This is what the Asian Development Bank (ADB)—and many other development agencies—in an admittedly long process of trial and error have found out over more than 2 decades of supporting reforms. The more deeply these agencies became involved in reform efforts, the more they recognized that, although there is no blueprint for success, there are clues as to what may work in particular situations, and how the reform process can be better managed. This recognition and acceptance of the wider, political economy dimension of reforms began in ADB in the late 1990s and led to early work to better understand reform processes to improve reform outcomes.

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Published by: a2b159802 on Mar 23, 2013
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03/11/2014

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Political Economy of Reformsand Policy-Based LendingCase Studies
January 2013
Managing Reformsfor Development
ByGeorge Abonyi, Romeo Bernardo, Richard Bolt,Ronald Duncan, and Christine TangEdited by Jonathan Aspin and Richard Bolt
 
Political Economy o Reormsand Policy-Based LendingCase Studies
January 2013
Mnging Rformsfor Dvlomn
ByGeorge Abonyi, Romeo Bernardo, Richard Bolt,Ronald Duncan, and Christine TangEdited by Jonathan Aspin and Richard Bolt
 
Printed on recycled paper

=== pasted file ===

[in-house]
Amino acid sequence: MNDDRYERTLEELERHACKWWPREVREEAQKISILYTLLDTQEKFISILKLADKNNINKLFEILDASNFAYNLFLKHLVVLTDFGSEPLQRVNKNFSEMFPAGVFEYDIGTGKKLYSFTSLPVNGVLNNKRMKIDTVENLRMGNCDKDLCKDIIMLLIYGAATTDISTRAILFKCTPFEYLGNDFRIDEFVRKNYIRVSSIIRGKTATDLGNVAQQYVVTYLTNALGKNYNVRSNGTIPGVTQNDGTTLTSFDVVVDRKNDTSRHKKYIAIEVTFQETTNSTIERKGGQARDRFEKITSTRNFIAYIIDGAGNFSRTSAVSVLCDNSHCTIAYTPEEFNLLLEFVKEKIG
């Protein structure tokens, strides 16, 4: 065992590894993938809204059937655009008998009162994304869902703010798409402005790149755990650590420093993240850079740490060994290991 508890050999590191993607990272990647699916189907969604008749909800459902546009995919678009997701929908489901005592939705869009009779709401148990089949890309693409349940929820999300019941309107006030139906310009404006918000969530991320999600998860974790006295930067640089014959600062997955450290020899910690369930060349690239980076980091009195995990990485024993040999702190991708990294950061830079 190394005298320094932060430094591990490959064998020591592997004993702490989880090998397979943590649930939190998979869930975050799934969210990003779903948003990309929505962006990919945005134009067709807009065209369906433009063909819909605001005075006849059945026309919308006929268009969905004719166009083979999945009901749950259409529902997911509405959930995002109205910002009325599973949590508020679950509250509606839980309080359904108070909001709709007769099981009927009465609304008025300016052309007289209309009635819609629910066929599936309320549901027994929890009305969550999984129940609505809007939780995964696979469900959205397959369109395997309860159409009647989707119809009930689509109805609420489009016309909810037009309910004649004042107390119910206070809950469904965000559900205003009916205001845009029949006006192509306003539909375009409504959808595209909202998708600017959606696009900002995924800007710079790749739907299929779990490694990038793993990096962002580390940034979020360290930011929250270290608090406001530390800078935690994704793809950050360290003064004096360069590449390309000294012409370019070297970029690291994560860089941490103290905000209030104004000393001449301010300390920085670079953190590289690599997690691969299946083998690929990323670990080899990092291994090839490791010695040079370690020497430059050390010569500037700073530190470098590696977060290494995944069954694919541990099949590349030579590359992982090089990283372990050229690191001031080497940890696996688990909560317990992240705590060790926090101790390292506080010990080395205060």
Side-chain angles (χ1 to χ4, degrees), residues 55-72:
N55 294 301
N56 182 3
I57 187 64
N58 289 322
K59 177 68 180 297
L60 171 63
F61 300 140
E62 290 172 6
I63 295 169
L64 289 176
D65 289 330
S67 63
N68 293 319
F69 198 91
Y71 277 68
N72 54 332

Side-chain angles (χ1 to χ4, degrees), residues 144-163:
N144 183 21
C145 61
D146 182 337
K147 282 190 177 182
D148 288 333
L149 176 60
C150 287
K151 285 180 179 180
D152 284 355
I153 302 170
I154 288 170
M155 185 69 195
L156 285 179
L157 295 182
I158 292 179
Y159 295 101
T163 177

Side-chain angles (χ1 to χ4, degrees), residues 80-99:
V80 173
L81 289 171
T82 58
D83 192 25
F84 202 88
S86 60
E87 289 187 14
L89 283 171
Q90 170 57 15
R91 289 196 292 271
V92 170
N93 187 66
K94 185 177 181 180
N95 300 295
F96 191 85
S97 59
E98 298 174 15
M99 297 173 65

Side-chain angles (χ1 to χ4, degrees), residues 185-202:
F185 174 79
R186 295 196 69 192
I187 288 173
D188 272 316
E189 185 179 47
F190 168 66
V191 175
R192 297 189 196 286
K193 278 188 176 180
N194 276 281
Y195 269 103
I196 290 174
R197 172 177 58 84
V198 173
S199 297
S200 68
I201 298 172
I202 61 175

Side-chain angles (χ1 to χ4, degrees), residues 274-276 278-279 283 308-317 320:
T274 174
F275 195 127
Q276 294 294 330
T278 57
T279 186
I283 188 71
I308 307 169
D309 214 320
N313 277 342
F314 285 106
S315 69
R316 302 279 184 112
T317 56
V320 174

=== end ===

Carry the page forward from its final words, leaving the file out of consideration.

© 2013 Asian Development Bank All rights reserved. Published 2013.Printed in the Philippines.ISBN 978-92-9092-945-1 (Print), 978-92-9092-946-8 (PDF)Publication Stock No. BKK125203Cataloging-In-Publication DataAbonyi, G. et al.Managing reorms or development: Political economy o reorms and policy-based lendingcase studies.Mandaluyong City, Philippines: Asian Development Bank, 2013.1. Policy reorm. 2. Political economy. 3. Southeast Asia. 4. Pacic.I. Asian Development Bank.Te views expressed in this publication are those o the authors and do not necessarily reect the viewsand policies o the Asian Development Bank (ADB) or its Board o Governors or the governmentsthey represent.ADB does not guarantee the accuracy o the data included in this publication and accepts noresponsibility or any consequence o their use.By making any designation o or reerence to a particular territory or geographic area, or by usingthe term “country” in this document, ADB does not intend to make any judgments as to the legal orother status o any territory or area.ADB encourages printing or copying inormation exclusively or personal and noncommercial usewith proper acknowledgment o ADB. Users are restricted rom reselling, redistributing, or creatingderivative works or commercial purposes without the express, written consent o ADB.Note:In this publication, “$” reers to US dollars.6 ADB Avenue, Mandaluyong City 1550 Metro Manila, Philippinesel +63 2 632 4444Fax +63 2 636 2444www.adb.orgFor orders, please contact:Department o External RelationsFax +63 2 636 2648adbpub@adb.org